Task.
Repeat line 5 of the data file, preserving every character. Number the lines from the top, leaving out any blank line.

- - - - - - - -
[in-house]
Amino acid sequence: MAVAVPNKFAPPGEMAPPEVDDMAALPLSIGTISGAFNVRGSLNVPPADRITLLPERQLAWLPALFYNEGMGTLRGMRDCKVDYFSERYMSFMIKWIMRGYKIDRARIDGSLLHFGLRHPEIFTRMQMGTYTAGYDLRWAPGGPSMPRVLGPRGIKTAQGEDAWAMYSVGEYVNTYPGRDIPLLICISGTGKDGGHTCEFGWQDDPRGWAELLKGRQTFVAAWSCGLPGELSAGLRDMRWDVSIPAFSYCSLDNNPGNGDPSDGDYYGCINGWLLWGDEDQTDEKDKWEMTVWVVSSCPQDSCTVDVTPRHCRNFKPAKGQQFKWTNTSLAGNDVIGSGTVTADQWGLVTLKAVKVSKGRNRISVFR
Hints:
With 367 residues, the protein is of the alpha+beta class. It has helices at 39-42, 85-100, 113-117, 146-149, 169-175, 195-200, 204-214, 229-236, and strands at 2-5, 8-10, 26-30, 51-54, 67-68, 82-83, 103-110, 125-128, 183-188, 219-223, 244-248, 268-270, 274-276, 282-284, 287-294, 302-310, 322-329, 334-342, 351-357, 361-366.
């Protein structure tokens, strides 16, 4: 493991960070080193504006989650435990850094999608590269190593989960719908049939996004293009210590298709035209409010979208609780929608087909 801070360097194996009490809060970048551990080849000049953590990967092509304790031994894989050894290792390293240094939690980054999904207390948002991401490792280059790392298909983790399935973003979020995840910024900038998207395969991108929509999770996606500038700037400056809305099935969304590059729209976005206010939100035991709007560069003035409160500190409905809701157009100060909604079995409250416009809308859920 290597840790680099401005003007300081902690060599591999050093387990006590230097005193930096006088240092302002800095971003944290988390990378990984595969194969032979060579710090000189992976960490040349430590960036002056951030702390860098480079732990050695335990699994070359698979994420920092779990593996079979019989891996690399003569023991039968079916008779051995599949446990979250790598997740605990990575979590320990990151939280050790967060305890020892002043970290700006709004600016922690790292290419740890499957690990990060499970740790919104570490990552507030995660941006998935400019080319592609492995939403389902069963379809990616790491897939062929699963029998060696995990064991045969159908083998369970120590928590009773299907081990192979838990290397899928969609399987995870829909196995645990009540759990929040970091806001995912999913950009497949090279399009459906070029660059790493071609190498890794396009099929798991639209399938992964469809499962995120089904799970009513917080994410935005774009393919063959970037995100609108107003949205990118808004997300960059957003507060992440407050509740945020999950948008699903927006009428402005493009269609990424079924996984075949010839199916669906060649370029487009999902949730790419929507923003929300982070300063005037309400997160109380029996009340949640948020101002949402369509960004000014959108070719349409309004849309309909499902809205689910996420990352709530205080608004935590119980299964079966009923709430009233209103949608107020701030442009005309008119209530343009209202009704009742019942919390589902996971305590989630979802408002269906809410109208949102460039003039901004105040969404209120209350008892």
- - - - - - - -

């Protein structure tokens, strides 16, 4: 493991960070080193504006989650435990850094999608590269190593989960719908049939996004293009210590298709035209409010979208609780929608087909 801070360097194996009490809060970048551990080849000049953590990967092509304790031994894989050894290792390293240094939690980054999904207390948002991401490792280059790392298909983790399935973003979020995840910024900038998207395969991108929509999770996606500038700037400056809305099935969304590059729209976005206010939100035991709007560069003035409160500190409905809701157009100060909604079995409250416009809308859920 290597840790680099401005003007300081902690060599591999050093387990006590230097005193930096006088240092302002800095971003944290988390990378990984595969194969032979060579710090000189992976960490040349430590960036002056951030702390860098480079732990050695335990699994070359698979994420920092779990593996079979019989891996690399003569023991039968079916008779051995599949446990979250790598997740605990990575979590320990990151939280050790967060305890020892002043970290700006709004600016922690790292290419740890499957690990990060499970740790919104570490990552507030995660941006998935400019080319592609492995939403389902069963379809990616790491897939062929699963029998060696995990064991045969159908083998369970120590928590009773299907081990192979838990290397899928969609399987995870829909196995645990009540759990929040970091806001995912999913950009497949090279399009459906070029660059790493071609190498890794396009099929798991639209399938992964469809499962995120089904799970009513917080994410935005774009393919063959970037995100609108107003949205990118808004997300960059957003507060992440407050509740945020999950948008699903927006009428402005493009269609990424079924996984075949010839199916669906060649370029487009999902949730790419929507923003929300982070300063005037309400997160109380029996009340949640948020101002949402369509960004000014959108070719349409309004849309309909499902809205689910996420990352709530205080608004935590119980299964079966009923709430009233209103949608107020701030442009005309008119209530343009209202009704009742019942919390589902996971305590989630979802408002269906809410109208949102460039003039901004105040969404209120209350008892």